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A timeline of the Wagatha Christie libel battle

Coleen Rooney and Rebekah Vardy still locked in feud over private Instagram leak

The “Wagatha Christie” libel battle between Coleen Rooney and Rebekah Vardy is set to culminate in a high-profile trial, despite both sides being urged to settle the case to avoid rocketing legal bills.

The two women, who became friends through their footballer husbands, Wayne Rooney and Jamie Vardy, have been at loggerheads over a series of leaks to The Sun.

The case was back in the High Court yesterday ahead of the full trial, expected later this year. Here is how it all began.

9 October 2019

Rooney “set the internet ablaze” with a Twitter post accusing Vardy of repeatedly leaking private information about her to The Sun, says the i newspaper. She said that “for a few years” one of her private Instagram account followers had been sharing details of her posts with the tabloid. Suspecting who it was, she blocked all her other followers and posted a series of false stories over a few months, including that her basement had flooded, to see if they would make their way into the newspaper. “And you know what, they did!” she wrote. “I have saved and screenshotted all the original stories which clearly show just one person has viewed them. It’s… Rebekah Vardy.”  

Later in the day, Vardy issued a public statement to Rooney after speaking to her on the phone. She denied being the leaker and said that over the years “various people” had accessed her Instagram account. “I’m not being funny, but I don’t need the money, what would I gain from selling stories on you?” she wrote. She added that she was “so upset” Rooney had made a public announcement rather than speak to her directly.

The “careful sting operation earned Mrs Rooney the sobriquet ‘Wagatha Christie’”, says the i, and “like all the best whodunnits”, the dispute would finally make its way to a court of law. 

23 June 2020

Eight months on from the original tweet, it emerged that Vardy had launched a £1m High Court defamation lawsuit against Rooney over the accusations. “The pair are set to clash in court in what could be the most explosive celebrity case of all time,” wrote the Daily Mirror at the time. 

20 November 2020

The first stage of the libel action began, as Mr Justice Warby set the parameters for the case. In what The Guardian called “a victory for Vardy”, the judge largely agreed that an “ordinary reader” would see Rooney’s post as an allegation that Vardy personally had “frequently abused her status as a trusted follower of Ms Rooney’s personal Instagram account”.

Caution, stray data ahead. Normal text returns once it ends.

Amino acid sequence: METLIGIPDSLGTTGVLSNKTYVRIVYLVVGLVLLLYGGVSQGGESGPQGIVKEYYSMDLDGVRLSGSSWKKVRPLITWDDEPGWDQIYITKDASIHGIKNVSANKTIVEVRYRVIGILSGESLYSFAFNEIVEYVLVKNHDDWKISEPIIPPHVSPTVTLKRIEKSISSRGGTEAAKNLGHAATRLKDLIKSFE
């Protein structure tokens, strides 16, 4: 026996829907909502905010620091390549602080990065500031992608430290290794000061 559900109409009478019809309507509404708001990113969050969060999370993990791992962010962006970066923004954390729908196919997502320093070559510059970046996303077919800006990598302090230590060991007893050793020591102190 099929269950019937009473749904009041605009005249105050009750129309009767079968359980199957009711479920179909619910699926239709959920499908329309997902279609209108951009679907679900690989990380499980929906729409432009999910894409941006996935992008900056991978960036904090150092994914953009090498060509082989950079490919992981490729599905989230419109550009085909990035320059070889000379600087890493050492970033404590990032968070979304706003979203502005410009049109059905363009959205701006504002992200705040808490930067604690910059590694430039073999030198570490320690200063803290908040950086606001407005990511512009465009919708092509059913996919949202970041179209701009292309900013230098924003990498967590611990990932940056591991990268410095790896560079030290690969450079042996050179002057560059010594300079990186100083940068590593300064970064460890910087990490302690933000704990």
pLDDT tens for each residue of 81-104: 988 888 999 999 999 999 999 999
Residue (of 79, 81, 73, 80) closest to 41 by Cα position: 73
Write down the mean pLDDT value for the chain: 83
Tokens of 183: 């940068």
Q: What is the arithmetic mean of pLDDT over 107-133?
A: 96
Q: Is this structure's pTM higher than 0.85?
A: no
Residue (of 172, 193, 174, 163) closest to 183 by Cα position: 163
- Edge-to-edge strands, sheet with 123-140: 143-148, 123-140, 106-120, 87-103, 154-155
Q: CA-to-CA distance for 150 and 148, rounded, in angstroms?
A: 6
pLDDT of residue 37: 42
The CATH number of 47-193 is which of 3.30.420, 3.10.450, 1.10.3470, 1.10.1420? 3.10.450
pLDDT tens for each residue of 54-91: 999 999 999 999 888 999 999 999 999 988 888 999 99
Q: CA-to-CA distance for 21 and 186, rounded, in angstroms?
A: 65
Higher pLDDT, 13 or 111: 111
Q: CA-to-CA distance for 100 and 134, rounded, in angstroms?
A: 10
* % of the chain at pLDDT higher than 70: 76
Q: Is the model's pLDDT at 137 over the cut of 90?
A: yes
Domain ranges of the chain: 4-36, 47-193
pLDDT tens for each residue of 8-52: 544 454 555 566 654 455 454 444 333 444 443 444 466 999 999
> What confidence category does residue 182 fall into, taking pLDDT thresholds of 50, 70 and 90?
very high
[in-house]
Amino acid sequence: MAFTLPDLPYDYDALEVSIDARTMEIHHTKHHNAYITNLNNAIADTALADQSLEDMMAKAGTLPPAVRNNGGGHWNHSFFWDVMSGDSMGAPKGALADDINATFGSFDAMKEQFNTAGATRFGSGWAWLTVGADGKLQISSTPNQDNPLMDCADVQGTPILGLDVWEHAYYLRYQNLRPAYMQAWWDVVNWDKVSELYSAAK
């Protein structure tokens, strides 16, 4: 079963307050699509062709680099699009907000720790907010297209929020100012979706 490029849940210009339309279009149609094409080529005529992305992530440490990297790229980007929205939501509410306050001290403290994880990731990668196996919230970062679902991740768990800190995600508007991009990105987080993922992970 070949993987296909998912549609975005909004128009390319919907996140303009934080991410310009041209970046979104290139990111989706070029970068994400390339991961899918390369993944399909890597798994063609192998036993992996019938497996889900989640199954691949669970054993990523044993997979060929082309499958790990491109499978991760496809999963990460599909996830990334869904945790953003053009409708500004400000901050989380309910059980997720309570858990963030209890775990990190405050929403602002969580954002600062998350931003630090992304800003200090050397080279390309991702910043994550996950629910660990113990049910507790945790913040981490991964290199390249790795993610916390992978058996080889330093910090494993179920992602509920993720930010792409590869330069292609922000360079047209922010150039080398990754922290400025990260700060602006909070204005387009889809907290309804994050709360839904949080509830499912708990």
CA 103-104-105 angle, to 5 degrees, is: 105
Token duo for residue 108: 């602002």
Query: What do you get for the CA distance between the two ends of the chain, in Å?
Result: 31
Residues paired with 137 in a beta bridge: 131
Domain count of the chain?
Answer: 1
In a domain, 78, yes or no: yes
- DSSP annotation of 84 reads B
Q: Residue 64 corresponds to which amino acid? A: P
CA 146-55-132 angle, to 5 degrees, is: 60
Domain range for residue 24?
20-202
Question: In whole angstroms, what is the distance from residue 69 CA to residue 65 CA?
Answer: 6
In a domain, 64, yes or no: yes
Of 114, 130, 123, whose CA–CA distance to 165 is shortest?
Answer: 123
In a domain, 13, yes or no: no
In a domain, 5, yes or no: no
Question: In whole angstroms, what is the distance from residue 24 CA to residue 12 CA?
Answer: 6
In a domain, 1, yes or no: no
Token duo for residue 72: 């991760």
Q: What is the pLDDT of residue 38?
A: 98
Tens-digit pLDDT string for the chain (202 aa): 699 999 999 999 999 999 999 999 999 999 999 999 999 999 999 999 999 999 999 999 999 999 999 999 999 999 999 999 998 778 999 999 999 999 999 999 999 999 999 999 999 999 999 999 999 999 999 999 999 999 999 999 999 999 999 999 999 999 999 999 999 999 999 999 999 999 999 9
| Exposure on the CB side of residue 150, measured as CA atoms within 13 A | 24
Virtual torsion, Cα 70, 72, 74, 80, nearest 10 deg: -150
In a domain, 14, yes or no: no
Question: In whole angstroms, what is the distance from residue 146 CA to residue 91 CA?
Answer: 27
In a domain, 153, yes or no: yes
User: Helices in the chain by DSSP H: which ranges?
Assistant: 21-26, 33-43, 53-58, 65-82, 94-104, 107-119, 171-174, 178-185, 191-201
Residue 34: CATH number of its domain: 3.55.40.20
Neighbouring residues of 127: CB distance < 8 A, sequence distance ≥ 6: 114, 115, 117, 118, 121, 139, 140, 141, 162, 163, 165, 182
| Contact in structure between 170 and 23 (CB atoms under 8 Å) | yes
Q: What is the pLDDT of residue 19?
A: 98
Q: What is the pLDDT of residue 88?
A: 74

Matthew Dando, a partner at the media law firm Wiggin, called the result a “disaster” for Rooney. “This makes it much harder for Coleen to prove the truth of the allegation because she will have to show that it was Rebekah herself who was leaking the stories,” he said. Rooney was also ordered to pay Vardy almost £23,000 in court costs. 

18 June 2021

The case was back in the High Court agai, as Vardy’s lawyers applied to strike out parts of Rooney’s defence in advance of the libel trial.

The court “heard how peace talks between the warring WAGs broke down during mediation”, said the Daily Mail. Vardy’s team argued that despite the “highly entertaining stories in the media referring to Wagatha Christie”, their client had “suffered widespread abuse and hostility as a result of the post for a long period and her children were also abused at school”. 

Rebekah Vardy

Rebekah Vardy with her Leicester and former England footballer husband Jamie

Jan Kruger/Getty Images

7 July 2021

Yesterday, both sides claimed partial victory as Mrs Justice Steyn ruled on which arguments Rooney could keep in her defence after last month’s hearing. She dismissed an argument that Vardy had insisted on sitting next to Rooney in the 2016 European Championship match between England and Wales “to guarantee her appearance in the media”.

However, she ruled that Rooney could try to prove that Vardy was behind a “Secret Wag” diary column in The Sun on Sunday, which “included details of players’ alleged affairs and drug use”, and was published up until October 2019 when Rooney announced the result of her “detective work”, says The Times.

Steyn said the alleged close relationship between Vardy and the tabloid newspaper was “one of the building blocks” of Rooney’s defence. Dando told the paper: “While this judgment may bring Vardy back to the negotiating table, it is a mixed result with some of the broader allegations Rooney sought to rely on struck out.”

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